Religious content as a matter of taste, religious practice as merely instrumental use of fictionPosted: 05/04 -10
Anything imaginable can be endowed with religious belief, but not everything can be religiously significant. Sorting out what to view as sacred from what is best to leave profane is a task for religious taste, a facility bound and guided by factors like one’s goals, one’s situation, one’s personality and capacity – it is thus narrower than (or a specialization of) aesthetic taste, which is bound and guided primarily by personality and capacity only.
What is it that separates religion from mere instrumental use of products and practices of the imagination? Perhaps nothing. But contrary to a common intuition, religious seriousness does not belong exclusively to the superstitious. What sets fictionalist religion apart from superstition is not the quality or intensity of feeling, but the object of this reverence. For the superstitious, the fiction itself is the object, while for the fictionalist on the other hand, fictions are merely tools to be believed in only in so far as they are expedient in life and help keep the important or beautiful things in focus. They are spectacles to view the world or one’s own life in a flattering hue; new clothes, and skin, and self-image; heroes and mentor characters, exemplars of excellence; but really, they are just cardboard scenery to help set the stage of one’s life or work or situation. The real object of reverence is the reality beyond all cardboard cutouts, beyond even thought and perception.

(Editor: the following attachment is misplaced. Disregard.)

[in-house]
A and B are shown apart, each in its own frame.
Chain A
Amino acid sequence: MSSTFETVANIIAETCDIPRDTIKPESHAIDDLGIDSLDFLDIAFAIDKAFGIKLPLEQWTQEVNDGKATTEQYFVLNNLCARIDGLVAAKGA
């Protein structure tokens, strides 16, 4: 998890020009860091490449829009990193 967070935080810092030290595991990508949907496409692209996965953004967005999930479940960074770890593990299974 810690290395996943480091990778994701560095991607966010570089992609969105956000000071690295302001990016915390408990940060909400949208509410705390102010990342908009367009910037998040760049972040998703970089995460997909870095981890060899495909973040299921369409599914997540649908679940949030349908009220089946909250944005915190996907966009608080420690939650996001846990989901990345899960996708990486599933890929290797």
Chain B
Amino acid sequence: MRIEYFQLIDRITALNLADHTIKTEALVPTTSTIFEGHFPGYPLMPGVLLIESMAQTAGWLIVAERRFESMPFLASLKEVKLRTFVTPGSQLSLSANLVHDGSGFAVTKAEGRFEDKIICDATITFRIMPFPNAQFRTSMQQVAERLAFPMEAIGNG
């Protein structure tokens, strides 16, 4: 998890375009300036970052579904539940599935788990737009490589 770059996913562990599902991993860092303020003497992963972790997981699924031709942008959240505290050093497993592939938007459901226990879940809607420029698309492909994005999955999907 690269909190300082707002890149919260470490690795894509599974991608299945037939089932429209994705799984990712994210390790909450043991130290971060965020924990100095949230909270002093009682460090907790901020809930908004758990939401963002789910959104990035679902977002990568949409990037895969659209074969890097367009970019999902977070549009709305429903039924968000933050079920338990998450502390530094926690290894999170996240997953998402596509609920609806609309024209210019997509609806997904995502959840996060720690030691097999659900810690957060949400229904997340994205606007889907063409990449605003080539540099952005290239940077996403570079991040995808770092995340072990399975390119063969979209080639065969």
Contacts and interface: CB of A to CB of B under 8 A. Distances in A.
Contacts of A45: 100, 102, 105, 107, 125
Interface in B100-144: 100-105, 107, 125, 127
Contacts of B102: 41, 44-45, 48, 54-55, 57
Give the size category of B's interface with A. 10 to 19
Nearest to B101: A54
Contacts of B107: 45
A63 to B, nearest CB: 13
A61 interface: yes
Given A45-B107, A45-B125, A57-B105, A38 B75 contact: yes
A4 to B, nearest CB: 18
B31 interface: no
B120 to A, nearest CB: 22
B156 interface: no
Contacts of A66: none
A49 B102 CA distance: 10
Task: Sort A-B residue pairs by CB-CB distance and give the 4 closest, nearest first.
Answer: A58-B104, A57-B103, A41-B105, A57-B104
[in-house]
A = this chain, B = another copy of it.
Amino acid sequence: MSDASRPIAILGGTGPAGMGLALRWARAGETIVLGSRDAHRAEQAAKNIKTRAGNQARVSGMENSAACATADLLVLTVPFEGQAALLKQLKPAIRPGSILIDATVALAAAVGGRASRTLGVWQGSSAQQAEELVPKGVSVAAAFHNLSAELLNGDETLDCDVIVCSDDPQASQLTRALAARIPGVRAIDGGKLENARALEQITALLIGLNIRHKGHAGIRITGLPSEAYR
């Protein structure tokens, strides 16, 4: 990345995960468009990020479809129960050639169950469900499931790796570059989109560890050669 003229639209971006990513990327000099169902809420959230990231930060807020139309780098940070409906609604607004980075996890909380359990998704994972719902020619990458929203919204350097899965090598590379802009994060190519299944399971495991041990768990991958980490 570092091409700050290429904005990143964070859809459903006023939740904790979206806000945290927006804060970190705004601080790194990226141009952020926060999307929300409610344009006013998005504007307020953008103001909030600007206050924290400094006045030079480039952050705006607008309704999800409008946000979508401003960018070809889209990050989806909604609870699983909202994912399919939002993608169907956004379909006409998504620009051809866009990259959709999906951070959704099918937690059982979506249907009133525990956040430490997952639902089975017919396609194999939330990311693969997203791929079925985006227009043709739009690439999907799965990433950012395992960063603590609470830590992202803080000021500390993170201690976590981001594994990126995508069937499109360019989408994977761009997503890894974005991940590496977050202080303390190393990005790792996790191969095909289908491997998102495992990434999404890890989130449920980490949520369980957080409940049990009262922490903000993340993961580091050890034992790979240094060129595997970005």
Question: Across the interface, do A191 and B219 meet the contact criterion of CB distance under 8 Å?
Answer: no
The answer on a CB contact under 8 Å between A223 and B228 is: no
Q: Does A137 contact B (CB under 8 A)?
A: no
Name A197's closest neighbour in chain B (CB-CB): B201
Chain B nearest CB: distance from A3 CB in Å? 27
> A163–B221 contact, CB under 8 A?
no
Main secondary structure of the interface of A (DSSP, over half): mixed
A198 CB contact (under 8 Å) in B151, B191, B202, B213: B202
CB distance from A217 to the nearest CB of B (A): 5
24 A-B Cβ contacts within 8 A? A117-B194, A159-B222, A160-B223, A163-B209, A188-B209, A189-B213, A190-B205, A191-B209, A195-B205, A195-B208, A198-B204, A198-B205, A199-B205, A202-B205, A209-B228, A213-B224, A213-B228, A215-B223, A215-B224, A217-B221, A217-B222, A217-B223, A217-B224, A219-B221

Of course, it is not a given that one can stomach fantastical uses of fiction at all, at least not such as is involved in religious practice. Some people seem to manage very well without it, utilizing scientifically justified models as exclusively as possible. Personally, I not only stomach it but need and relish uses of fiction on the fantastical end of the spectrum. I have to admit that I find it hard to endow my fictions with belief of religious quality and intensity, but some sort of immersion in speculative or fictional worlds is absolutely vital for me. And I call this need religious, although it is certainly religion in a weak sense.
To inappropriately segway into a movie recommendation; I think my religious alignment is close to that of doctor Parnassus in the very good movie The Imaginarium of Doctor Parnassus.